Technology on trial: Do AI advances mean humanity is now in its final days? – Yahoo News UK

The world’s biggest brains are grappling with what the wild acceleration of technology means for humanity. Will it create a utopia that solves our worst problems? Or a dystopia in which we’re slaves to the machine? Writer at Large Neil Mackay investigates
NEXT year, if you land at O’Hare Airport you’ll be able to take a flying electric taxi to downtown Chicago. With no carbon emissions, it will be a guilt-free, green flight, albeit a short one.
That flying taxi offers a vision of utopia-through-technology: how science can make the world better.
If you listen to today’s tech lords, this is the only future they’d have you believe possible: one where progress is always positive.
But that’s not true, is it? Set green aviation against Artificial Intelligence and it’s clear every technological benefit is balanced by a dozen harms.
We cannot dismiss the good technology has achieved, from the invention of agriculture, to modern medicine, the printing press, and refrigeration. But then there’s gunpowder, social media, the horrors of mass industrialisation, and climate destruction.
The world’s biggest brains are currently putting technology on trial, including historian Christopher De Bellaigue. He’s written Flying Green: On the Frontiers of New Aviation, investigating how close we’ve come to achieving ‘green flight’. Emissions-free planes would be a landmark, underscoring how technology can save humanity, just as climate change overwhelms us. Only this week, we learned global warming will likely break a key temperature limit: rising 1.5 degrees celsius by 2027.
Christopher De Bellaigue
Then there’s Daron Acemoglu, MIT professor of economics. His new book Power and Progress challenges the notion that technology benefits humankind. Acemoglu says technology has consistently worked against the interests of most humans, and serves the world’s elite, never ordinary people.
Daron Acemoglu
The Herald on Sunday sat down with both, speaking to De Bellaigue at his London home, and Acemoglu at his Massachusetts university office. Their interventions couldn’t be more timely. The world is finally waking up to what AI means. To some, AI offers paradise. Much has been made of Edinburgh University research that AI can diagnose heart attacks more quickly and accurately. Yet AI also threatens mass unemployment as white and blue collar workers are rendered redundant. Britain’s government is now talking about regulation.
AI also threatens democracy: spreading lies, hate and disinformation in a way that makes Twitter pedestrian. Even Sam Altman, creator of ChatGPT, the world’s best known AI, says the technology must be regulated.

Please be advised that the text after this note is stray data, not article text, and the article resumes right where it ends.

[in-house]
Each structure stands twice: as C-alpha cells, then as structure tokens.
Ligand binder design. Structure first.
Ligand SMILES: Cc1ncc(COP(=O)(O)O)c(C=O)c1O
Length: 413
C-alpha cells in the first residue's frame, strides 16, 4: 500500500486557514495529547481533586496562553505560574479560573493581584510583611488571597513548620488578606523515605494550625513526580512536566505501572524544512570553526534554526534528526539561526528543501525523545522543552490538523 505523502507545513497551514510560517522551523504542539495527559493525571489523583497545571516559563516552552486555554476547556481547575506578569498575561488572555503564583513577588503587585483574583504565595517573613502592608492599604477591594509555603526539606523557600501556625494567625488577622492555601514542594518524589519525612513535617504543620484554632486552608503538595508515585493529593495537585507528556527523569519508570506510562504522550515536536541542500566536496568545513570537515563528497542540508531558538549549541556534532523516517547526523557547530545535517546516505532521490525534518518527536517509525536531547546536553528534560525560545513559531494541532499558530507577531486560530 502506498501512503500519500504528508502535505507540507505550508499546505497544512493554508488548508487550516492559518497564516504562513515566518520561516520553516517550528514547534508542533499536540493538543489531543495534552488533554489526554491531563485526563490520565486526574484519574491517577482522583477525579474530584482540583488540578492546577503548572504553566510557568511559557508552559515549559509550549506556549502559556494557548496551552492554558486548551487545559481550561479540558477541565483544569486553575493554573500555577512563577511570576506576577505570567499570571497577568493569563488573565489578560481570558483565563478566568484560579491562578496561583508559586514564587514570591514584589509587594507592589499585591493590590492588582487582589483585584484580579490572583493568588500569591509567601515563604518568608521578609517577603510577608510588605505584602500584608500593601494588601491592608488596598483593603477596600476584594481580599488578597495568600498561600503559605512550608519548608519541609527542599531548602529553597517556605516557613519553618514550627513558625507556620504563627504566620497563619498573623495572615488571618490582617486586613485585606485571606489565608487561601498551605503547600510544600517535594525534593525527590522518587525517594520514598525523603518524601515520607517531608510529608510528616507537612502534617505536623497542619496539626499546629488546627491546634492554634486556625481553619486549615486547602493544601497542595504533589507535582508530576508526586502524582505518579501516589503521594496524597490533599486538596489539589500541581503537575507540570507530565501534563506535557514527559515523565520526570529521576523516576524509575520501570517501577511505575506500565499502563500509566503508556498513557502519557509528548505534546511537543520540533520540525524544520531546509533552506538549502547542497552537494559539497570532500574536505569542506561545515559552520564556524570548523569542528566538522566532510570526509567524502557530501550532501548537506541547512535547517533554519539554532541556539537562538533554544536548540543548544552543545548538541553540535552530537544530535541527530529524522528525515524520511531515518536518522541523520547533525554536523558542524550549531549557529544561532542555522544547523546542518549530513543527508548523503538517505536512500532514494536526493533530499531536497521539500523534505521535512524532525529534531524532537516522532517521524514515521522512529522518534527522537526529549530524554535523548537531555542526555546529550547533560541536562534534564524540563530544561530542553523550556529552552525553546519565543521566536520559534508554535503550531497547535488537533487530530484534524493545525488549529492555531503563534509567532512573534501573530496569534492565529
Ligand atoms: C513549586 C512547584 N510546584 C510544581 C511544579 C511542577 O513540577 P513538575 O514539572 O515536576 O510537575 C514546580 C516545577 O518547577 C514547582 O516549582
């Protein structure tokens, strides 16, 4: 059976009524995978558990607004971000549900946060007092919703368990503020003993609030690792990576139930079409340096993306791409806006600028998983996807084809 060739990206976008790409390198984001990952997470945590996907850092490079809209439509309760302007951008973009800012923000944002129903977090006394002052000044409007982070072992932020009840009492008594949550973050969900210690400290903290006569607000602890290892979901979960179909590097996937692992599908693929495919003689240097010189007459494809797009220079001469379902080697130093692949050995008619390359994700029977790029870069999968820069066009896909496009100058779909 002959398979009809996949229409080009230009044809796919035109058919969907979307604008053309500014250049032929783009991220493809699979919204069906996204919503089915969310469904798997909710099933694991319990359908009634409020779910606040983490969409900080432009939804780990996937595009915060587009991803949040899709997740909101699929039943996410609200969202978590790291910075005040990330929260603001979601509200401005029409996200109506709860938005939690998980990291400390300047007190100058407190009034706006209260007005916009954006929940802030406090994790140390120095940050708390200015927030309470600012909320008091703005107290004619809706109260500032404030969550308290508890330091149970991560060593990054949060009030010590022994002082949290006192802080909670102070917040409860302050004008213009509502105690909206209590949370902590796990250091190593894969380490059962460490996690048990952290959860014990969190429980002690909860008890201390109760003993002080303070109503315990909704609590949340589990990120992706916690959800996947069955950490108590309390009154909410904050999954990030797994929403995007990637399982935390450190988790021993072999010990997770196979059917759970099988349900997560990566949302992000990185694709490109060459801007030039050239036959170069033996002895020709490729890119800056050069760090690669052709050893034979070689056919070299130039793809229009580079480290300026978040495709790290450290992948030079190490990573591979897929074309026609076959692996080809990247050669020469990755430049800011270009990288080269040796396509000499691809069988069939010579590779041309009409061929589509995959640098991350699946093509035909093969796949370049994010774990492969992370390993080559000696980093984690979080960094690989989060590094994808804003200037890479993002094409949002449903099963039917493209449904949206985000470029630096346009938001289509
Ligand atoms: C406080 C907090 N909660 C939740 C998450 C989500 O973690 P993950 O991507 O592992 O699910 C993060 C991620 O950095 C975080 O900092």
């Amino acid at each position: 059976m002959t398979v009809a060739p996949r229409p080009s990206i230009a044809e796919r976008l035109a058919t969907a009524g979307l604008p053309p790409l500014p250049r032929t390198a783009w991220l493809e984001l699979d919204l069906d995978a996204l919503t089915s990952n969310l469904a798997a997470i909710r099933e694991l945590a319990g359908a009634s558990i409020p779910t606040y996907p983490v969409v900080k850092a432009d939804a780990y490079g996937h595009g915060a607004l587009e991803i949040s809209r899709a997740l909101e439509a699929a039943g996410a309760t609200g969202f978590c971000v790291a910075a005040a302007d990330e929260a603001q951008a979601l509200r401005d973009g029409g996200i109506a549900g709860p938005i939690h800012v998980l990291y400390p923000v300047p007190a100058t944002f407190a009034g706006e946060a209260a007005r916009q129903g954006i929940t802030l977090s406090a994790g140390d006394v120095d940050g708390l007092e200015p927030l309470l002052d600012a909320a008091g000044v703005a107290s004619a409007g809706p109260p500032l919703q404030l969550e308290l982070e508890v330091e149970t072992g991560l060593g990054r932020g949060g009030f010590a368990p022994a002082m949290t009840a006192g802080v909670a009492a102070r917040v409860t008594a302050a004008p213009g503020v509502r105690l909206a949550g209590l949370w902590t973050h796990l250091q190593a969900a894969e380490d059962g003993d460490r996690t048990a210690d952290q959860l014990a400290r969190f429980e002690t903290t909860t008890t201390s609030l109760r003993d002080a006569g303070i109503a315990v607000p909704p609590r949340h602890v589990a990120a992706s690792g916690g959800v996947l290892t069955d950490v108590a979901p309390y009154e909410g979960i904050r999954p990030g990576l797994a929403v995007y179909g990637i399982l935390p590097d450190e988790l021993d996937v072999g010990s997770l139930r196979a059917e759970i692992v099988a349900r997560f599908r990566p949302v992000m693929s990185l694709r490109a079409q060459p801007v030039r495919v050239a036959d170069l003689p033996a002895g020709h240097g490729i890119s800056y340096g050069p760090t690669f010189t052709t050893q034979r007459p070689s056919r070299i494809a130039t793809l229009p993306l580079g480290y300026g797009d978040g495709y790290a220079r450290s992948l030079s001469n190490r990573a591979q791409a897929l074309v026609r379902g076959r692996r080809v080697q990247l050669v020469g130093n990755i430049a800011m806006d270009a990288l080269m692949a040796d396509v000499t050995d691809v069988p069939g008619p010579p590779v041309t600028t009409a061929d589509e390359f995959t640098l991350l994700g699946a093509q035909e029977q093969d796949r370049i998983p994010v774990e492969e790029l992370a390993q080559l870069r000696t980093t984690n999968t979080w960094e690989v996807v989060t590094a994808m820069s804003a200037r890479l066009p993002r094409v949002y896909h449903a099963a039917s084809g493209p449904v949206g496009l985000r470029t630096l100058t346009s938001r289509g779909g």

If technology is on trial, then let’s hear from the prosecution first and uncover the dark side of progress.
Humanity, says Acemoglu, has long believed “technological progress” drives improvements in our lives. However, we should be much more skeptical. He’s gone back through history and established that technology usually creates misery not happiness. Tech execs proselytise that science always “lifts up” humanity. That’s just a slogan.
“The Industrial Revolution impoverished millions of people,” Acemoglu says. “It made their lives much harder – they were subject to harsher discipline, longer working hours, and a much less healthy environment”.
Industrialisation did eventually lead to increased wages, but only after the rise of trade unions and political parties which challenged elites. There’s “nothing automatic” about technology bringing positive change.
Positive change depends on “redirecting technology. It was political and economic processes which turned technological improvements into benefits for working people.
“The reason why this history is so important is that we’re in the midst of a similar period today to the Industrial Revolution, where a bewildering array of new technology from AI, nanotech, biotech and digital technologies are transforming every aspect of our lives. The rhetoric is very similar to what was articulated at the end of the 18th century: this is progress and everyone should jump onboard and not grumble.”
Today, technology is once again helping the few, not the many. “The direction technology is going could be very dangerous for workers’ power, economically and socially, and for democracy, and how we organise our lives.” These dangers are “masked by a techno-optimism that somehow everything will work out – we’ll all benefit. Technology can be beneficial, but not every technology. Technology usually goes in directions that benefit the powerful”.
If AI brings mass job automation that’s a net loss for humanity, with millions thrust on the scrap heap. Beneficial technology “creates new tasks for workers, new opportunities”. Workers crucially need a say in how technology is adopted and used – rather than billionaires forcing ‘advances’ on society. The benefits of technology must be divided between rich and poor. Historically, that’s seldom happened, and it’s definitely not happening now when a few giant tech companies wield the power of nations.
It’s easy to present a “vision” to the people that technology means progress. Think back to the early internet. Doubters were labelled ‘luddites’. Those doubters are today proved right as globally democracies teeter. “I’m no luddite,” says Acemoglu, “but I sympathise with them.” Luddites smashed machines during the early Industrial Revolution protesting job losses through factory mechanisation.